Such a very different approach from Acton’s intellectual certainties of the late nineteenth century needs some explanation perhaps. Carr was working in a very different moral and intellectual climate. Two World Wars and the insidious Cold War, then approaching its fiercest configuration, had engendered in a whole generation the relativism which still characterizes much of the present thinking in academe.

Now the model which I am proposing to you today lies somewhere—I hope comfortably—between these two ends of the spectrum.


II - The proposed model

I would like you to imagine that you are standing at the edge of a quiet pool of water, a stone in your hand. You throw it into the water. There is an initial splash, and you’re you watch the ever-expanding ripples circulating out from that impact. It’s the sort of thing we have all done when we were small boys. That’s the dynamic image of doing Masonic history; it’s an image which is not static; it’s an image of ever-widening concentric circles.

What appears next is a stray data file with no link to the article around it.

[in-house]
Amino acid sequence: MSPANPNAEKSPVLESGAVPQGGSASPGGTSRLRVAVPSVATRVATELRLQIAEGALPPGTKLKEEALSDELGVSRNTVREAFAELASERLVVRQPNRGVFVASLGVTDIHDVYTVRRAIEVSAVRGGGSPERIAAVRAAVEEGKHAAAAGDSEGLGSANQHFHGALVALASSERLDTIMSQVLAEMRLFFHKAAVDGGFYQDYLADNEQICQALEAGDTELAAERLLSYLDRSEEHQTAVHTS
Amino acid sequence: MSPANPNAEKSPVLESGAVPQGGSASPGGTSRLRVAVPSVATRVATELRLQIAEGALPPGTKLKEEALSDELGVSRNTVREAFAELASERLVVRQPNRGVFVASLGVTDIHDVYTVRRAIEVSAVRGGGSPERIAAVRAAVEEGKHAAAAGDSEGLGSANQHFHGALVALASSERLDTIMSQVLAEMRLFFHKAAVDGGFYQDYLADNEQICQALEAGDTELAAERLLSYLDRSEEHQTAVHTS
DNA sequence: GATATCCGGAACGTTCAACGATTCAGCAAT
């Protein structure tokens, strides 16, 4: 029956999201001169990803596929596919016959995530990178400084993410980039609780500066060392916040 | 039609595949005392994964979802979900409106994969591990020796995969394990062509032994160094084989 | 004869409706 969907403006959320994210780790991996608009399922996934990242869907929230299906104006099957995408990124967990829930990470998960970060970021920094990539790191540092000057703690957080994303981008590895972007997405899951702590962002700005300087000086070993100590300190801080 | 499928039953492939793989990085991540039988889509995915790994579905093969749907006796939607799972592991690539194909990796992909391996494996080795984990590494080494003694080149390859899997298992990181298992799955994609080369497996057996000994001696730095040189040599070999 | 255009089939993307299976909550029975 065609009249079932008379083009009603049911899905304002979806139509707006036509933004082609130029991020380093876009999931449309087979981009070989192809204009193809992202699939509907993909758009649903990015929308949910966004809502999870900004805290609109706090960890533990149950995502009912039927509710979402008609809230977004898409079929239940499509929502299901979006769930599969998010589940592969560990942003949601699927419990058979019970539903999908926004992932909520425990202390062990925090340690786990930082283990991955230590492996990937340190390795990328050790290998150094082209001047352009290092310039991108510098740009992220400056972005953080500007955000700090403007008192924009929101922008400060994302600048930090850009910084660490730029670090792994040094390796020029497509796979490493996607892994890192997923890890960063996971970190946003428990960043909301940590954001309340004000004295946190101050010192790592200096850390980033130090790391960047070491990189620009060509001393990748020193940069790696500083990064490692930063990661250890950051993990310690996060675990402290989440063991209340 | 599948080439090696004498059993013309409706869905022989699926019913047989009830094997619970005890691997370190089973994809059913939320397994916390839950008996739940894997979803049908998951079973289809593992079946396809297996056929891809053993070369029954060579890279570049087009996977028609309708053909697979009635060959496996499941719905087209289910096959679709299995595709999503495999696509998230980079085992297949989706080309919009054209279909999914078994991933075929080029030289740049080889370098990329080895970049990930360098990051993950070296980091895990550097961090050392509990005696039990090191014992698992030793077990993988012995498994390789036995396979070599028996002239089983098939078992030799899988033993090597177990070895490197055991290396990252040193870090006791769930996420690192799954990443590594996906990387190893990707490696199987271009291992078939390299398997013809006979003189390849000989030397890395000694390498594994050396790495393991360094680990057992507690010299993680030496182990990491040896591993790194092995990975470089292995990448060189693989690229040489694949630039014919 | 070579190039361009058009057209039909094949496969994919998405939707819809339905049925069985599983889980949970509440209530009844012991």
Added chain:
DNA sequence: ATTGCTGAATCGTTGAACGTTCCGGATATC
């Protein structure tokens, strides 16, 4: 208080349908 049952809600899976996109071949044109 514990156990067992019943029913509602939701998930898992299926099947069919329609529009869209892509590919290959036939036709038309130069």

Now I am aware that this image of playful childhood has its obvious theoretical limitations. For one thing, the motion of the ripples on the surface of the pool would be vertical—not linear, as I have implied. Secondly, unlike the surface of the water which will eventually return to its previous tranquillity, providing that no more stones are thrown in, there will be a Heisenberg effect brought about by the mere presence and activity of the observer. History will never be the same once a historian has done his work.